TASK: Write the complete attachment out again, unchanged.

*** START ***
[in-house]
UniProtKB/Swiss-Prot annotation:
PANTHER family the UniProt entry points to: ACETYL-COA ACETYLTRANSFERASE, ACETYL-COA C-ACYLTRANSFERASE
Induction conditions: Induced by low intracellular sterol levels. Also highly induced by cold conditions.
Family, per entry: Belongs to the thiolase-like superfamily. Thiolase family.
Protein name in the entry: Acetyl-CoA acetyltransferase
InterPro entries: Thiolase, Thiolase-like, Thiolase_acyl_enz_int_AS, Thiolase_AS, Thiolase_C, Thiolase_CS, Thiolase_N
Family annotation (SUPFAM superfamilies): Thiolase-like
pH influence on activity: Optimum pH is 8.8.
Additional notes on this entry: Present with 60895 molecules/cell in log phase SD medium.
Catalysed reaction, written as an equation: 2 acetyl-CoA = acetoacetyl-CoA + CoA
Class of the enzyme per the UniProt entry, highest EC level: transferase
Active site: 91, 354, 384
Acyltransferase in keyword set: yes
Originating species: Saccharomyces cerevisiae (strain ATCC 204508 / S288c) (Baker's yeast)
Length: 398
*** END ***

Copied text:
[in-house]
UniProtKB/Swiss-Prot annotation:
PANTHER family the UniProt entry points to: ACETYL-COA ACETYLTRANSFERASE, ACETYL-COA C-ACYLTRANSFERASE
Induction conditions: Induced by low intracellular sterol levels. Also highly induced by cold conditions.
Family, per entry: Belongs to the thiolase-like superfamily. Thiolase family.
Protein name in the entry: Acetyl-CoA acetyltransferase
InterPro entries: Thiolase, Thiolase-like, Thiolase_acyl_enz_int_AS, Thiolase_AS, Thiolase_C, Thiolase_CS, Thiolase_N
Family annotation (SUPFAM superfamilies): Thiolase-like
pH influence on activity: Optimum pH is 8.8.
Additional notes on this entry: Present with 60895 molecules/cell in log phase SD medium.
Catalysed reaction, written as an equation: 2 acetyl-CoA = acetoacetyl-CoA + CoA
Class of the enzyme per the UniProt entry, highest EC level: transferase
Active site: 91, 354, 384
Acyltransferase in keyword set: yes
Originating species: Saccharomyces cerevisiae (strain ATCC 204508 / S288c) (Baker's yeast)
Length: 398